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Lunch speakers focus on negative aspects of wind farm development  

Four speakers took turns explaining adverse consequences of life with wind farms Tuesday at a Brownwood Area Chamber of Commerce luncheon that focused on the downside of turbines.

It followed a January chamber of commerce luncheon at which the economic advantages to counties where wind farms are located were outlined.

“Like Hotel Brownwood, you may not own it but you sure have to look at it,” Dr. Paul Burns, an Austin physician whose family has ranched north of Brownwood since 1873, told more than 150 people who jammed into the Brownwood Country Club’s banquet room. “I ask the (county) leaders to take the long view and favor peace, quiet and beauty, and support local control.” Burns said each wind-generating tower would be three times taller than the now vacant 13-story former hotel in downtown Brownwood.
Brown County Commission-ers are considering a request to grant tax abatements to Renewable Energy Systems, which has plans to build several dozen wind turbines in southern Brown, Comanche and Mills counties. Another project is being developed in northern Brown County by Airtricity, but no abatement has been sought. Several members of the audience quoted research that indicates no wind farms have been located in areas where local tax abatements were not granted.

Tuesday’s meeting was a follow-up to last month’s chamber luncheon where Greg Wortham, mayor of Sweetwater and executive director of the West Texas Wind Energy Consortium, spoke to an audience of about 135. At that meeting, a significant majority of the crowd raised hands indicating their support of wind towers in the county. At Monday’s meeting, the results were reversed, chamber executive director Laura Terhune observed.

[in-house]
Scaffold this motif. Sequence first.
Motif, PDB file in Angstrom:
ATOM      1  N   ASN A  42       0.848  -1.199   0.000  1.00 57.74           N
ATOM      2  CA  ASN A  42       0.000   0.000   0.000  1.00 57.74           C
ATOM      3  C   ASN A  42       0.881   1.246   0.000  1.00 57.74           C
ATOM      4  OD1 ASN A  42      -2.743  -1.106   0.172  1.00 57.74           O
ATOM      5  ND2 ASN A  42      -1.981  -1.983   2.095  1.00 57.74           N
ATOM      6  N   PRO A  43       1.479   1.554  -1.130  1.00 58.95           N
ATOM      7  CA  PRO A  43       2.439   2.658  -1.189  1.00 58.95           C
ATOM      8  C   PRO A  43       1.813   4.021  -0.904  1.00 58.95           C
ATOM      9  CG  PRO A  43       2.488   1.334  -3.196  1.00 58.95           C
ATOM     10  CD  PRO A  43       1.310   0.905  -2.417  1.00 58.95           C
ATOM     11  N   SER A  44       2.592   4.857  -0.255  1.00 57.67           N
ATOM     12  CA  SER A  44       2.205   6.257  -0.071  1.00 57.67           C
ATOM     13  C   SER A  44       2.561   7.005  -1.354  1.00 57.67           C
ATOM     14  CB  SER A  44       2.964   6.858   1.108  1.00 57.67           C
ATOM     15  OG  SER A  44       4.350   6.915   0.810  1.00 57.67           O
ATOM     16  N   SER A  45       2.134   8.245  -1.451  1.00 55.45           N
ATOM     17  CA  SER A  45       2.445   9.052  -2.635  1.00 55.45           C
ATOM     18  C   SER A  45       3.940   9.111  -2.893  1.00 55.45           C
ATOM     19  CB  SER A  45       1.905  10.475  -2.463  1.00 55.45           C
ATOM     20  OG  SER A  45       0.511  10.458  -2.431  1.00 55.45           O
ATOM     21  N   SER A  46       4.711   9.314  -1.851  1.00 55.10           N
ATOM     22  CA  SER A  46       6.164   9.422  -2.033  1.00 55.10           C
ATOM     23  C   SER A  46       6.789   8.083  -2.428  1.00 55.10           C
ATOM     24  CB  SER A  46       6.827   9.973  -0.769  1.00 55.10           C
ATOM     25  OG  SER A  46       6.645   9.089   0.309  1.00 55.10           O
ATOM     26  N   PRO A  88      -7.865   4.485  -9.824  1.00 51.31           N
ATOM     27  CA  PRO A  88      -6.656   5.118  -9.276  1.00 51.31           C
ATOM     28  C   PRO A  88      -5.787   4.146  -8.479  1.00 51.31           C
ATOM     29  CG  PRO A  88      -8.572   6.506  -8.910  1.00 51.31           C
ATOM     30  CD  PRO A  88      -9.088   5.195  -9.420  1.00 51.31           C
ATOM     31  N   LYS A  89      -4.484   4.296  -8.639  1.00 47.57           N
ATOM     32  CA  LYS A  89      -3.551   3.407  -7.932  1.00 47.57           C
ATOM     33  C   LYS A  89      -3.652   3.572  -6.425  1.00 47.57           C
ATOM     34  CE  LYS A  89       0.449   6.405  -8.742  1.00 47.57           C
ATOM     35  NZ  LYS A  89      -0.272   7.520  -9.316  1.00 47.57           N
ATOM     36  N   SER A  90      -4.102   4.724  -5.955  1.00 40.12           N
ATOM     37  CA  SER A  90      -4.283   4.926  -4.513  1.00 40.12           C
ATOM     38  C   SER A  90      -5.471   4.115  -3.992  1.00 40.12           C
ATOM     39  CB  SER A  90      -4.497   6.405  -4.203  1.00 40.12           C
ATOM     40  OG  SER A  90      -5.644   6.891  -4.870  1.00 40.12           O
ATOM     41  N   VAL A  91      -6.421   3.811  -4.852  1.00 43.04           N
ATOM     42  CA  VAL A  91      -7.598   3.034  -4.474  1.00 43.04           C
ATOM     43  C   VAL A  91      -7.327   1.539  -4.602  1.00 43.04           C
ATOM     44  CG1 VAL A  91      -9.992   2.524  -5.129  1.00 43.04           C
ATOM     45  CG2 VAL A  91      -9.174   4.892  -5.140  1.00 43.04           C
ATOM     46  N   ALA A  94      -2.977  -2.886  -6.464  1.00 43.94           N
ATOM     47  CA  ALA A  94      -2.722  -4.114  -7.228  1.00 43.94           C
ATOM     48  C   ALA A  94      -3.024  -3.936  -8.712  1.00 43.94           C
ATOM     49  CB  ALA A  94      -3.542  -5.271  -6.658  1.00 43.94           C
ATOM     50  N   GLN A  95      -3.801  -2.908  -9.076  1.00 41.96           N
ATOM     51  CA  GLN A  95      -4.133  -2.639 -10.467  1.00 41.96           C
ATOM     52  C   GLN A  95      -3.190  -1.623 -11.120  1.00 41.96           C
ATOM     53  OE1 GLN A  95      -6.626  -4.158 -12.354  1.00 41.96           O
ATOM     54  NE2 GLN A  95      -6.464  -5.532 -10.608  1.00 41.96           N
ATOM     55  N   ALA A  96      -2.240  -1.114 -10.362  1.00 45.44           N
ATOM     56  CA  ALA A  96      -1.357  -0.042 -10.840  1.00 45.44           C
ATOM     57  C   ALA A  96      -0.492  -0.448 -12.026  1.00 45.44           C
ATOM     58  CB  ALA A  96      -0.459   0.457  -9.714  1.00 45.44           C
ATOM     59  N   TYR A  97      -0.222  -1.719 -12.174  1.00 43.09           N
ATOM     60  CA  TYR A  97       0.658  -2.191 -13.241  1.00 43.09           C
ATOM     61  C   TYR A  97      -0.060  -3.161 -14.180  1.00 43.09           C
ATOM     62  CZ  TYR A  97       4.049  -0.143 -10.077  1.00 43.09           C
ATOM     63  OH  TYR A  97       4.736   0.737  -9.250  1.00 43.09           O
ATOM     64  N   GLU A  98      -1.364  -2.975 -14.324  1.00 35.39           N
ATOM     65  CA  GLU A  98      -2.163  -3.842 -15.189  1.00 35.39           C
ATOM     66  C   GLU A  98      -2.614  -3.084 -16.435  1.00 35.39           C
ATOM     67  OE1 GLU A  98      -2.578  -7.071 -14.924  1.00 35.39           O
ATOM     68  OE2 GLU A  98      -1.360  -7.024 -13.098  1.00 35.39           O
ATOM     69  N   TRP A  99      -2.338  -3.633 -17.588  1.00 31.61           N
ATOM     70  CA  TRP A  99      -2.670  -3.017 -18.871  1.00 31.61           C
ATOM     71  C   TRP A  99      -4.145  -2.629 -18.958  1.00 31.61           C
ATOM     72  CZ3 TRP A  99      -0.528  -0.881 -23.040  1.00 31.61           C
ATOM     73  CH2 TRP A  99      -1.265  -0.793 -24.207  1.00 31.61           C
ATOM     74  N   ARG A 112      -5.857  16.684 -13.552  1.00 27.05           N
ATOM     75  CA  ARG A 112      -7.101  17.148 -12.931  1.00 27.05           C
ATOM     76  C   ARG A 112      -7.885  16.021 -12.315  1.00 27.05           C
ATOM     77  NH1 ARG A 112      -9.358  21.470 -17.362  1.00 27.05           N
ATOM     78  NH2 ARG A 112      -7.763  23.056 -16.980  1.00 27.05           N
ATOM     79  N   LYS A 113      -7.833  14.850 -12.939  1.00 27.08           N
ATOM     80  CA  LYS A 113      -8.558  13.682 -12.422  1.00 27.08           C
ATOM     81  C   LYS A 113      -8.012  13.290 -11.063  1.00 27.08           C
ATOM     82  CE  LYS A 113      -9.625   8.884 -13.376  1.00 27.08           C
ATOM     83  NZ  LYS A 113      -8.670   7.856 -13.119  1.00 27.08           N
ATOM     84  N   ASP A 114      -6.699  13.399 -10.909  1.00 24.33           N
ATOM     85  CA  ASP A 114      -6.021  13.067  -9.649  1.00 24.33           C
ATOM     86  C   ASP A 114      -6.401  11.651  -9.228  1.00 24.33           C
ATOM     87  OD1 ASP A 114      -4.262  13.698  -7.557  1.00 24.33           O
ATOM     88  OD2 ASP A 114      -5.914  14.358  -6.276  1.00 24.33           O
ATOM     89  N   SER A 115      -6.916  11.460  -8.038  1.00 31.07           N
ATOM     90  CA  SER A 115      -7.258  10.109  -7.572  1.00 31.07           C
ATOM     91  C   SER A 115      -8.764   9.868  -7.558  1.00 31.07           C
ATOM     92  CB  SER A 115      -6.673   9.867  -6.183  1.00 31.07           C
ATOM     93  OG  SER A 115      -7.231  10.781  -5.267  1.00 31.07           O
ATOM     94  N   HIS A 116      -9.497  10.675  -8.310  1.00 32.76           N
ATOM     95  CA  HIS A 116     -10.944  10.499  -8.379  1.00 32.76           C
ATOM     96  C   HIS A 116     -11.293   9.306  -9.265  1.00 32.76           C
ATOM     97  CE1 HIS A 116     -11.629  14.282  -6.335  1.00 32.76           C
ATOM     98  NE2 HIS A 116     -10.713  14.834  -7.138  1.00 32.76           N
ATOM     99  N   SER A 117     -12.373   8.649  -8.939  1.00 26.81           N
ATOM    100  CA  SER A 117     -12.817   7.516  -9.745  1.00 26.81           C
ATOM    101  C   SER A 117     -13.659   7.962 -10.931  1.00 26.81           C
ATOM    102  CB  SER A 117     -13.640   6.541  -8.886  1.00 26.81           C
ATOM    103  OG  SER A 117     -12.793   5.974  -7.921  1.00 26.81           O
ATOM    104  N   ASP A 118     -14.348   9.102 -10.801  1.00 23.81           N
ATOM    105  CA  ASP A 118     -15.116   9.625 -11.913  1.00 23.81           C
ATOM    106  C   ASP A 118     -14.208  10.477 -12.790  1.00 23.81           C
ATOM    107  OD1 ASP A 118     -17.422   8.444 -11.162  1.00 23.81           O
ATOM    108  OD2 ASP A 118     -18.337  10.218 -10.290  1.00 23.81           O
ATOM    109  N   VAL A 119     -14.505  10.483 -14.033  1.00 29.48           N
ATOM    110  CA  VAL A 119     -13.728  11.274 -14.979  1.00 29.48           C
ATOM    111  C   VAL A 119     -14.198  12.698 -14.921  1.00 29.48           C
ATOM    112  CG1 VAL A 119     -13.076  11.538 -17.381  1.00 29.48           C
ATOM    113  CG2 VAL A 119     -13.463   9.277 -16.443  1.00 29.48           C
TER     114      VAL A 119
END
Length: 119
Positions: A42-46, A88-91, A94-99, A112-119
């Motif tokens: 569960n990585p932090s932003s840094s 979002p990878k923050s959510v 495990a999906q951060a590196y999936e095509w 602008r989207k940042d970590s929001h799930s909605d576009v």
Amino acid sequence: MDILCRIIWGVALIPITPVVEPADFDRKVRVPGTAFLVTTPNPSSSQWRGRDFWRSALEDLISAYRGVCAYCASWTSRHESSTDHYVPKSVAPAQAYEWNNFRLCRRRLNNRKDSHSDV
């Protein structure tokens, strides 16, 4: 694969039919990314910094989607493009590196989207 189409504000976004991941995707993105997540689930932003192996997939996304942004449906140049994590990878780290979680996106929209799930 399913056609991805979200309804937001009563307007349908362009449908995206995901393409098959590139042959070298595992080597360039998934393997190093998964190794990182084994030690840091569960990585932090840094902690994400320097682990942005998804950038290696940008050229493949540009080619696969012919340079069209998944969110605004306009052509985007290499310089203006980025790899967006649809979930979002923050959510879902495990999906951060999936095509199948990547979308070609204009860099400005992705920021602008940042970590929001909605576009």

Burns said through six generations, his family has endured drought, declining economic farm conditions and other adversities, but they’ve always known that “if you work hard, you can tough it out. The land restores you. The land’s beauty is its primary value, but all of the property in Brown County is being threatened. Someone else will make the decisions about our land, and it can never be reversed if (the decisions) are wrong.”

Brown County resident Dr. John Dunn said county government can’t prevent wind turbines from being placed on property where owners allow it, but it can choose not to allow tax abatements to encourage their placement.

“A velvet painting of Elvis or Conway Twitty will be more valuable than wind turbines,” Dunn said of the towers’ long-range investment prospects. “This is not a good part of the world to build windmills. They are inefficient, even in the best locations.”

Dunn said state legislation requiring power companies to generate certain amounts of electricity by alternative methods is the basis for wind industry development in Texas, but he claimed it is twice as expensive as using coal.

“It’s a deal that has to be made on government support,” Dunn said.